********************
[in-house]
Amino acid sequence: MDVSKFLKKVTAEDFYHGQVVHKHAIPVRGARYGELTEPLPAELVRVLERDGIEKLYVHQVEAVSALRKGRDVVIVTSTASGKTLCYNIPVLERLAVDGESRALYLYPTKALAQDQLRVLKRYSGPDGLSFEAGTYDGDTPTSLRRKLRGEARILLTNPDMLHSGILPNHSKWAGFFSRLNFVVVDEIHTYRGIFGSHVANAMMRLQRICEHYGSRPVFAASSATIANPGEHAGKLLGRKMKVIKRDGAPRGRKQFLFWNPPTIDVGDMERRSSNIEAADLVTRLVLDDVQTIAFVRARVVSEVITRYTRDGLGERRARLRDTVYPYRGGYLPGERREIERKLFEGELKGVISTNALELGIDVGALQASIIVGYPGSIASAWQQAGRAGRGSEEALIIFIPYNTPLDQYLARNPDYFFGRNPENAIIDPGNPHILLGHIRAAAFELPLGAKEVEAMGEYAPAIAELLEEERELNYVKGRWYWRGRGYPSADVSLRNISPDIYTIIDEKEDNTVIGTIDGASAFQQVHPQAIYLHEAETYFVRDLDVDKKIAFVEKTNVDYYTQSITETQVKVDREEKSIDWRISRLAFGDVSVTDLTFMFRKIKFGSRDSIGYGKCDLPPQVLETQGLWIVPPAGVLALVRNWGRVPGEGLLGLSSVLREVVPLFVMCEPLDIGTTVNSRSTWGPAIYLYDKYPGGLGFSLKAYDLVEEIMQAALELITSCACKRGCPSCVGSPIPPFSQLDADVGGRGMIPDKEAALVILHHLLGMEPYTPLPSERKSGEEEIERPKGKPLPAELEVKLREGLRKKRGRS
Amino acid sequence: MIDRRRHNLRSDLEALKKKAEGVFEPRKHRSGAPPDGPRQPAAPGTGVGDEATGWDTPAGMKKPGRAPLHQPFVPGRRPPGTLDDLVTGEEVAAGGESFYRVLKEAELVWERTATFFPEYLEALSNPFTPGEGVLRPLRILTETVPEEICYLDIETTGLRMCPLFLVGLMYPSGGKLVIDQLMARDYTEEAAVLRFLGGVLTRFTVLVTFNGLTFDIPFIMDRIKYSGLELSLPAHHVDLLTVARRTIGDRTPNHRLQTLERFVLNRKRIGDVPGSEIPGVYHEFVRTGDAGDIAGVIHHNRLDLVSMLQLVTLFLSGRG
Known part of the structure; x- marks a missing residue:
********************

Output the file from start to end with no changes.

[in-house]
Amino acid sequence: MDVSKFLKKVTAEDFYHGQVVHKHAIPVRGARYGELTEPLPAELVRVLERDGIEKLYVHQVEAVSALRKGRDVVIVTSTASGKTLCYNIPVLERLAVDGESRALYLYPTKALAQDQLRVLKRYSGPDGLSFEAGTYDGDTPTSLRRKLRGEARILLTNPDMLHSGILPNHSKWAGFFSRLNFVVVDEIHTYRGIFGSHVANAMMRLQRICEHYGSRPVFAASSATIANPGEHAGKLLGRKMKVIKRDGAPRGRKQFLFWNPPTIDVGDMERRSSNIEAADLVTRLVLDDVQTIAFVRARVVSEVITRYTRDGLGERRARLRDTVYPYRGGYLPGERREIERKLFEGELKGVISTNALELGIDVGALQASIIVGYPGSIASAWQQAGRAGRGSEEALIIFIPYNTPLDQYLARNPDYFFGRNPENAIIDPGNPHILLGHIRAAAFELPLGAKEVEAMGEYAPAIAELLEEERELNYVKGRWYWRGRGYPSADVSLRNISPDIYTIIDEKEDNTVIGTIDGASAFQQVHPQAIYLHEAETYFVRDLDVDKKIAFVEKTNVDYYTQSITETQVKVDREEKSIDWRISRLAFGDVSVTDLTFMFRKIKFGSRDSIGYGKCDLPPQVLETQGLWIVPPAGVLALVRNWGRVPGEGLLGLSSVLREVVPLFVMCEPLDIGTTVNSRSTWGPAIYLYDKYPGGLGFSLKAYDLVEEIMQAALELITSCACKRGCPSCVGSPIPPFSQLDADVGGRGMIPDKEAALVILHHLLGMEPYTPLPSERKSGEEEIERPKGKPLPAELEVKLREGLRKKRGRS
Amino acid sequence: MIDRRRHNLRSDLEALKKKAEGVFEPRKHRSGAPPDGPRQPAAPGTGVGDEATGWDTPAGMKKPGRAPLHQPFVPGRRPPGTLDDLVTGEEVAAGGESFYRVLKEAELVWERTATFFPEYLEALSNPFTPGEGVLRPLRILTETVPEEICYLDIETTGLRMCPLFLVGLMYPSGGKLVIDQLMARDYTEEAAVLRFLGGVLTRFTVLVTFNGLTFDIPFIMDRIKYSGLELSLPAHHVDLLTVARRTIGDRTPNHRLQTLERFVLNRKRIGDVPGSEIPGVYHEFVRTGDAGDIAGVIHHNRLDLVSMLQLVTLFLSGRG
Known part of the structure; x- marks a missing residue: